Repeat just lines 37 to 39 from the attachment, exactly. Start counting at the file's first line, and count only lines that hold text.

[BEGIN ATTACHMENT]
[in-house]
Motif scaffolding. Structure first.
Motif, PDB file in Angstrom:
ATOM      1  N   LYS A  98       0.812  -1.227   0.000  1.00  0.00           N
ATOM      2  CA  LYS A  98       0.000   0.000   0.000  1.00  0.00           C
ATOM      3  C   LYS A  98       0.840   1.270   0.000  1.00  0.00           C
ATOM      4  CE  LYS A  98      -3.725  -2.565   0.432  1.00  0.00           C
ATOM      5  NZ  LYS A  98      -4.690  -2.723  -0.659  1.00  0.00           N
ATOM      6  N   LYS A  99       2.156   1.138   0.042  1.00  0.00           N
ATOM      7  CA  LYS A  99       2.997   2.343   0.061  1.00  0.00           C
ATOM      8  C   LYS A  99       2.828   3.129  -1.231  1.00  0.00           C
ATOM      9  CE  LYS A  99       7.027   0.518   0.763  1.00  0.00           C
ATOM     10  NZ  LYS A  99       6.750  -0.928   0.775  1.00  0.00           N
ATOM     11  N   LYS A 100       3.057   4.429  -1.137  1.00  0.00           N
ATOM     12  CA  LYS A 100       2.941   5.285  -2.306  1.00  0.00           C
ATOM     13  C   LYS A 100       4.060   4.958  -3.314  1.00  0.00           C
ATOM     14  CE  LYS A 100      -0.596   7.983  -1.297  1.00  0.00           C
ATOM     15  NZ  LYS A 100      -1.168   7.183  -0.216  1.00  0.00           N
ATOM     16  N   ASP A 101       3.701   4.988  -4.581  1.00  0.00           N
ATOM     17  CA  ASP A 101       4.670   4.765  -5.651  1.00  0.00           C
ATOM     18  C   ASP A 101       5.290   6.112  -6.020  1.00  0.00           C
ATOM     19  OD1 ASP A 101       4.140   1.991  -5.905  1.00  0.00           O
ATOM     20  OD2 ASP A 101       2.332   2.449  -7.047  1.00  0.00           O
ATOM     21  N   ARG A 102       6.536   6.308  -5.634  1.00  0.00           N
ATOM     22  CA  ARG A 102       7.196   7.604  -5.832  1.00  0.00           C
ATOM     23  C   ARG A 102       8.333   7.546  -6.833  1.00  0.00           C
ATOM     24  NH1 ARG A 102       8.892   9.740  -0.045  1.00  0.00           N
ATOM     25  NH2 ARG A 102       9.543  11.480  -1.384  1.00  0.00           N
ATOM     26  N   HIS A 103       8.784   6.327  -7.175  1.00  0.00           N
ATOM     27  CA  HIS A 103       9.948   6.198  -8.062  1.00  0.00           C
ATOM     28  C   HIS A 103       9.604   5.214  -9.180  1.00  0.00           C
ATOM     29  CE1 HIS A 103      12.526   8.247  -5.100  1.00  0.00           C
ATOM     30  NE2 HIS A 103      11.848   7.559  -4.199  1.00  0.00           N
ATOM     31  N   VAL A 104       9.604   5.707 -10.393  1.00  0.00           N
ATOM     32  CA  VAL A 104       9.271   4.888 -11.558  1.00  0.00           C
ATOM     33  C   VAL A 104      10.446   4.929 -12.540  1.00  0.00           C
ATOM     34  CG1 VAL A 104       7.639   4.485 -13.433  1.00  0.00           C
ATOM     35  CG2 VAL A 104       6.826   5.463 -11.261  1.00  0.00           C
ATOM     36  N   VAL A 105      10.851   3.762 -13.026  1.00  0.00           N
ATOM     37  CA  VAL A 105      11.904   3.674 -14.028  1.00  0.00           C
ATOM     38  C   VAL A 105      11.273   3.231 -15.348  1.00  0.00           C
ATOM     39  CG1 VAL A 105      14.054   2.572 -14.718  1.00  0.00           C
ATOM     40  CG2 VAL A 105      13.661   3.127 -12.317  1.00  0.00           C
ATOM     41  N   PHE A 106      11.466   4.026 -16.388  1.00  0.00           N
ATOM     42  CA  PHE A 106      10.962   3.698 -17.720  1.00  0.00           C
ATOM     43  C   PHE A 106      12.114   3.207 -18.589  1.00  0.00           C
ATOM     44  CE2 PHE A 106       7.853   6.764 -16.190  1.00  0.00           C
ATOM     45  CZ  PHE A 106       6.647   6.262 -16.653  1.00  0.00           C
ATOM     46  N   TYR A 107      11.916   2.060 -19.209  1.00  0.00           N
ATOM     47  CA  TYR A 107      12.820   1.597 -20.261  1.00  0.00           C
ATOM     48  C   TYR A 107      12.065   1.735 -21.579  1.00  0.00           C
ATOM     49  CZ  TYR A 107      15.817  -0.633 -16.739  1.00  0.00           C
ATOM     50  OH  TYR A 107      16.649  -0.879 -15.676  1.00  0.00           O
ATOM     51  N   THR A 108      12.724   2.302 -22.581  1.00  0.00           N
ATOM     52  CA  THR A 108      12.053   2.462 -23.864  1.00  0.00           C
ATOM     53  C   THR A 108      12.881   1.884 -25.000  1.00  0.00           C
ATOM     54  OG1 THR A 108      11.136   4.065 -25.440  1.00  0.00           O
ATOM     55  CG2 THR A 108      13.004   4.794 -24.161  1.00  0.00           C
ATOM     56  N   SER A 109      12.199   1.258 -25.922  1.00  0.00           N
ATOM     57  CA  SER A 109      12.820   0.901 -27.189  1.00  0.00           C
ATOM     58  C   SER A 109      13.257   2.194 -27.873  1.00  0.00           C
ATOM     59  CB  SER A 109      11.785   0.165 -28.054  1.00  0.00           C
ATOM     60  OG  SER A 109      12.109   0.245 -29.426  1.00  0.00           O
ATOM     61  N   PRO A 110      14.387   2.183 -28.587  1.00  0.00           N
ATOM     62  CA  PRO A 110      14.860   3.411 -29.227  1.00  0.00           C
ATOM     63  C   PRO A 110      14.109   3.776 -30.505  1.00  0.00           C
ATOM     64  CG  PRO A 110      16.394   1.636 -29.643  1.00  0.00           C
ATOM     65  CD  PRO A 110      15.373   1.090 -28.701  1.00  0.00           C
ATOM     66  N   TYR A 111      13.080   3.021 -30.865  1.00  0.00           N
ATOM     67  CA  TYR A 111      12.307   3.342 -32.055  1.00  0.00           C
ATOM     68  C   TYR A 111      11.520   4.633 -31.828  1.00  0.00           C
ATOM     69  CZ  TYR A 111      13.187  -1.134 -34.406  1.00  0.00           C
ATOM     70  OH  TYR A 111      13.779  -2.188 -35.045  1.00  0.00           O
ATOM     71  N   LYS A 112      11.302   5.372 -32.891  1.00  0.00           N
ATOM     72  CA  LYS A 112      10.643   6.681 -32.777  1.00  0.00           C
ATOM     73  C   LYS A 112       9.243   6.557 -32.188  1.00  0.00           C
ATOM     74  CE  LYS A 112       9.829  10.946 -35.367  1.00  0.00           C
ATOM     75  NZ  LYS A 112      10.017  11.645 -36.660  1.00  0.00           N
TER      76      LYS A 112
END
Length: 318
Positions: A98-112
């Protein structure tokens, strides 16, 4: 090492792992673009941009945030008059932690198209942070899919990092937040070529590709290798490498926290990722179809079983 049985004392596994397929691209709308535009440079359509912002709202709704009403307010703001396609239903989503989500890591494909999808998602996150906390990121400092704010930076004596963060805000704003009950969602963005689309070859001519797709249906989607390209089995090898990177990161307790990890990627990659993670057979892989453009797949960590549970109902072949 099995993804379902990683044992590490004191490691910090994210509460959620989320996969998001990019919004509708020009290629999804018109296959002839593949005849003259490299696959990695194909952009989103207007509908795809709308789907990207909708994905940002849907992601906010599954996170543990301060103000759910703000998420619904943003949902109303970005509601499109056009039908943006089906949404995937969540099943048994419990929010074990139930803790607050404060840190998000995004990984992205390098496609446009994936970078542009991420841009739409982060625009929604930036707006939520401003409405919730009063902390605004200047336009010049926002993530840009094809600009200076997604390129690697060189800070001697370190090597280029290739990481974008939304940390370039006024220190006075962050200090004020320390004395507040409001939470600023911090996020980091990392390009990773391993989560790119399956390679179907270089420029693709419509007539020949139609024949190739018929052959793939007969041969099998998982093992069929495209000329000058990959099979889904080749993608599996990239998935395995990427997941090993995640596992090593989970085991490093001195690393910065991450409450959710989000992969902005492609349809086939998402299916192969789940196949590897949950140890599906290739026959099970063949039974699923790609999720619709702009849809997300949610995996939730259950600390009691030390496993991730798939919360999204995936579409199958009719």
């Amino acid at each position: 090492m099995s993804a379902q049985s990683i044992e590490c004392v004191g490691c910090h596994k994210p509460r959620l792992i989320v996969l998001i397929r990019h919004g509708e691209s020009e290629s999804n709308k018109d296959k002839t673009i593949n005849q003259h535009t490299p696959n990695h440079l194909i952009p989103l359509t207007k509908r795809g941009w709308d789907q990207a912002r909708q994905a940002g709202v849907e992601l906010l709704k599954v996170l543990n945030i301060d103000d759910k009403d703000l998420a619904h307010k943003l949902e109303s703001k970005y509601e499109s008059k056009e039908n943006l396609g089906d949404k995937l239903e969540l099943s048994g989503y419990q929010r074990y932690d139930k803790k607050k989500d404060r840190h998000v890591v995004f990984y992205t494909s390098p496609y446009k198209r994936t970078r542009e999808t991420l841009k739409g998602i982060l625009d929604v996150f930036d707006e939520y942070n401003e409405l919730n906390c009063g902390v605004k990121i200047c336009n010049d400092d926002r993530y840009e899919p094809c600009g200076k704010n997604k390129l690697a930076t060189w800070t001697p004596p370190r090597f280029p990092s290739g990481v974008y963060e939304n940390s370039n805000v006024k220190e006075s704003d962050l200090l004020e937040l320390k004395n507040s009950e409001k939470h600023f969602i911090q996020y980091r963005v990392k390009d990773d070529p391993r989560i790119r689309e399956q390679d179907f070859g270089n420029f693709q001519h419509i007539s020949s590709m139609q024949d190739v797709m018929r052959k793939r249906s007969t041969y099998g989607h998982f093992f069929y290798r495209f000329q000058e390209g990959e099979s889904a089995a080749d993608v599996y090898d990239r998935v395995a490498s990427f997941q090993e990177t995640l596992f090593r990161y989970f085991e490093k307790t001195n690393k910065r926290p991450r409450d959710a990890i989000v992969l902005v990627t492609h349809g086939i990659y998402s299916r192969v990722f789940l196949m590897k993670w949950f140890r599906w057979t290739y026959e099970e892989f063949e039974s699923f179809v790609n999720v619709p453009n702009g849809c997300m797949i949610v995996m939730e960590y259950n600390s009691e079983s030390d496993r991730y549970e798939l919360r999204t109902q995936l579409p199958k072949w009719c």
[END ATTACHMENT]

ATOM     34  CG1 VAL A 104       7.639   4.485 -13.433  1.00  0.00           C
ATOM     35  CG2 VAL A 104       6.826   5.463 -11.261  1.00  0.00           C
ATOM     36  N   VAL A 105      10.851   3.762 -13.026  1.00  0.00           N